It was unexpected. It was brilliant. And it was beautiful.
The best part of this moment—outside of everything, of course—has to be the awkward booth silence following the score as ESPN searched for the name of the unexpected giant.
No, wait. The best part is how McGowan’s jersey only covers about half of his upper body and looks more like a bib.
Scratch that. The best part is all of it. Yep, let’s go with that.
We stay in the Cotton Bowl for a while longer, although all kickers—both past and current—are encouraged to skip to the next section.
Following a blocked field goal late in the game, Baylor kicker Chris Callahan tried to track down the ball that was moving in the other direction. That’s when Michigan State wideout/cornerback/special teams missile Tony Lippett appeared out of nowhere.
Please put on your hard hat before viewing.
It should be noted that Callahan was fine despite what the video told us. In fact, following the game, he and Lippett had a nice exchange on Twitter.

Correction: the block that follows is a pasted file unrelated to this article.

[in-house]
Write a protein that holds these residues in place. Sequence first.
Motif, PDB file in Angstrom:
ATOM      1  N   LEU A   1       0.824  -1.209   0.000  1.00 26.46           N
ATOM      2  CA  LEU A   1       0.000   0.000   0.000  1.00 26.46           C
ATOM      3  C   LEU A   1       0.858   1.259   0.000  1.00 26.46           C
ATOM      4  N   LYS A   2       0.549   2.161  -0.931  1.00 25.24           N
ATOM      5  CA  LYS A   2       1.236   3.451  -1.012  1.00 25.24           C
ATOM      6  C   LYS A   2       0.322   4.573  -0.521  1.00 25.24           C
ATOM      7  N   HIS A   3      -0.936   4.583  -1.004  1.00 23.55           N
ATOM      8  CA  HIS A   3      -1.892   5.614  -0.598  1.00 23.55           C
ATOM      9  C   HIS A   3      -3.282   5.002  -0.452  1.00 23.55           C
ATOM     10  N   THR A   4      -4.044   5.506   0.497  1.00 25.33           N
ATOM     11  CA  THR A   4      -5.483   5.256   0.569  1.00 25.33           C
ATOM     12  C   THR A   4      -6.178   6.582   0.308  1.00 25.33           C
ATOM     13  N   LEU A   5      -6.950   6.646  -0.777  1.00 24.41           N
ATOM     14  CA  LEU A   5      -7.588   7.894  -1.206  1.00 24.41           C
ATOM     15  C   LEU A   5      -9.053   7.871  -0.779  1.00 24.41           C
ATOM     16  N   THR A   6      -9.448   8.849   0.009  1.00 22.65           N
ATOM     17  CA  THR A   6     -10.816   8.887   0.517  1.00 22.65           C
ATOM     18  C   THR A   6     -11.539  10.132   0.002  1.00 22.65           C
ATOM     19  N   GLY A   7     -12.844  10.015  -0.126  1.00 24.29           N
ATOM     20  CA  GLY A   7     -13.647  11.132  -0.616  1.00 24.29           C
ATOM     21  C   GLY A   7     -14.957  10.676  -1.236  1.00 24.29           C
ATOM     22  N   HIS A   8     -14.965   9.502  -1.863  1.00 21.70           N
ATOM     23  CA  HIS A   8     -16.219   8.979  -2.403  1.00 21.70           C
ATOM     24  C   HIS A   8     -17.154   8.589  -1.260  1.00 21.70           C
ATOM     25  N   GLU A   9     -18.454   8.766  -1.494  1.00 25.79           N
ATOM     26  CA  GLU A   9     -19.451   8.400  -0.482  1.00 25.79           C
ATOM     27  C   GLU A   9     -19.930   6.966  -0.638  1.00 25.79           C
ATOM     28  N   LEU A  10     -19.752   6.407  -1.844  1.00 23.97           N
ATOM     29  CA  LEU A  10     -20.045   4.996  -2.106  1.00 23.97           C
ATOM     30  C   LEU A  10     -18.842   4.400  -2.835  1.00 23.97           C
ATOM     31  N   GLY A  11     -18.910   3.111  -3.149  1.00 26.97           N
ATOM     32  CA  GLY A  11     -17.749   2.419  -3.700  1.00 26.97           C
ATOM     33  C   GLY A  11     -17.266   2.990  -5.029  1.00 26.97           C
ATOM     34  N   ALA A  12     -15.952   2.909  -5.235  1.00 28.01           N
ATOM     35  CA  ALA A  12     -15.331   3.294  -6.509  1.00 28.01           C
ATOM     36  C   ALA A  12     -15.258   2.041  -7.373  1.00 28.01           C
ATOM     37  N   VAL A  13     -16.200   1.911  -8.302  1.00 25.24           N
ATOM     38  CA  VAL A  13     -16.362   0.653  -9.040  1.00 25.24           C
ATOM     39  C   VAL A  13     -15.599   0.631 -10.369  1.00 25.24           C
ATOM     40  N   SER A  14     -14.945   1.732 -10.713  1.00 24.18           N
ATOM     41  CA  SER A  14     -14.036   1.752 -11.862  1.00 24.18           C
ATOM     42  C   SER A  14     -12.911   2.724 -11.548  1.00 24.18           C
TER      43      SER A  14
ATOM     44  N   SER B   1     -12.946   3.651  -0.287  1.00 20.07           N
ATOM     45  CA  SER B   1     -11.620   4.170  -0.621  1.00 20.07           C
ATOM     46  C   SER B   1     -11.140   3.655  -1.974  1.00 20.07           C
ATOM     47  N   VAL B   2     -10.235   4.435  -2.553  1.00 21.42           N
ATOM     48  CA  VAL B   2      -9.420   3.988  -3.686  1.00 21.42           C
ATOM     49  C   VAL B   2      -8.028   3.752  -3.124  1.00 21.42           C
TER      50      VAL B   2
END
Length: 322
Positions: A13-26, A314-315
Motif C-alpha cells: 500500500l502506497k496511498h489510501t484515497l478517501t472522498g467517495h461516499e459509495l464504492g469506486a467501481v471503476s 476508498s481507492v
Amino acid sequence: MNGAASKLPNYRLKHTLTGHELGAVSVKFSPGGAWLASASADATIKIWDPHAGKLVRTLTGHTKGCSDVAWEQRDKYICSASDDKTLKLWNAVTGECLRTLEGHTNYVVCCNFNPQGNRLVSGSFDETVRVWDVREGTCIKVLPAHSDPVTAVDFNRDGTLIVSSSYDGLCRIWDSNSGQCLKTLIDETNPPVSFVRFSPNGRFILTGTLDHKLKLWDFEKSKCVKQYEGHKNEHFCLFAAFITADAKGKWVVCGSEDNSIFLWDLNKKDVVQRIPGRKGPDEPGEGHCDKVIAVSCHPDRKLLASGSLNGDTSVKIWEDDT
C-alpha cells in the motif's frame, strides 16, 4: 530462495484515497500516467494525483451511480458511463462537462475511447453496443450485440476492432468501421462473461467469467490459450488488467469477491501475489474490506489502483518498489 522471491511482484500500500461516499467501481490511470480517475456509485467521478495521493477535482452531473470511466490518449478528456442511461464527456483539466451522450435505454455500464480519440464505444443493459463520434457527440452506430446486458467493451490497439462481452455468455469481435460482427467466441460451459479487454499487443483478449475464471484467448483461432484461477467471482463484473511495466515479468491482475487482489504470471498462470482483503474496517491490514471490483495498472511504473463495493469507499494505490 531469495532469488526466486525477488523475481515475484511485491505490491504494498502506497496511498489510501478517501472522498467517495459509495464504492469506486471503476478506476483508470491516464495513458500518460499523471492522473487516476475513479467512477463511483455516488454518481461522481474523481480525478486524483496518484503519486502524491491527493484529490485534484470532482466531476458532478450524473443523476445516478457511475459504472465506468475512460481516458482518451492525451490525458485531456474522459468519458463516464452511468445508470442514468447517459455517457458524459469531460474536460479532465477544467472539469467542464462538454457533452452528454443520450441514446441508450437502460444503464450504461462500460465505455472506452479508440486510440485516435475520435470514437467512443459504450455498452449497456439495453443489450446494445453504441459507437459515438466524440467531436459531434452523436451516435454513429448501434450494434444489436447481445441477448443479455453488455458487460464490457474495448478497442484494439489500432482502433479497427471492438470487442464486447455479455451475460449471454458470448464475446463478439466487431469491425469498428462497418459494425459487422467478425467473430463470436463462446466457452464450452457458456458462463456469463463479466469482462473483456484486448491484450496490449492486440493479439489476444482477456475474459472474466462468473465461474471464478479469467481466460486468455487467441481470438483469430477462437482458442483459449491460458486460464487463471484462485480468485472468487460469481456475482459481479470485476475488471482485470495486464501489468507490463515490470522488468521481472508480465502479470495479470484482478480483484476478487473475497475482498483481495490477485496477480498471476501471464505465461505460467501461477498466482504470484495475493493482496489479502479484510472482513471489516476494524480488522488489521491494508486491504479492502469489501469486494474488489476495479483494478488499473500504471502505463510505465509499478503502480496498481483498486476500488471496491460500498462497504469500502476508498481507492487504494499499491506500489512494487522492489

@chrispcallahan2 man that play happened so fast man... Hope u alright though man— Ralph LaurenLIP (@Tony_Lippett14) January 2, 2015
They may not be best friends after all this, but that's nicely done by both.
Biggest Hit (Runner-Up)
It was a difficult bowl season for kickers. On top of the occasional missed field goals and game-losing botched extra points—sorry, Boston College—the position was hit hard.
Although West Virginia kicker Josh Lambert wasn’t hit nearly as hard as Chris Callahan above, he was hit somewhere no kicker wants to be hit in the Liberty Bowl.
Kickin’ ain’t easy, folks. Remember that as you watch a Texas A&M player fly into the screen and make "contact" with Lambert's "belt area."
It should be pointed out that after a flag was thrown, Lambert came back later on in the drive and made a field goal. That is award-worthy.
Biggest Hit (Mascot Edition)
There must be history here. How else can you explain why the Cincinnati Bearcat did a flying kick into Thomas Jefferson's belt area? I never expected to type that sentence, but I’m sure glad I did.
The matchup between Virginia Tech and Cincinnati was certifiably “meh.” But when a mascot disrupts a race featuring former presidents with a move from Mortal Kombat, your utmost attention is required.
I haven’t stopped laughing at this. I don’t plan to anytime soon.
Most Embarrassing Bowl Season Job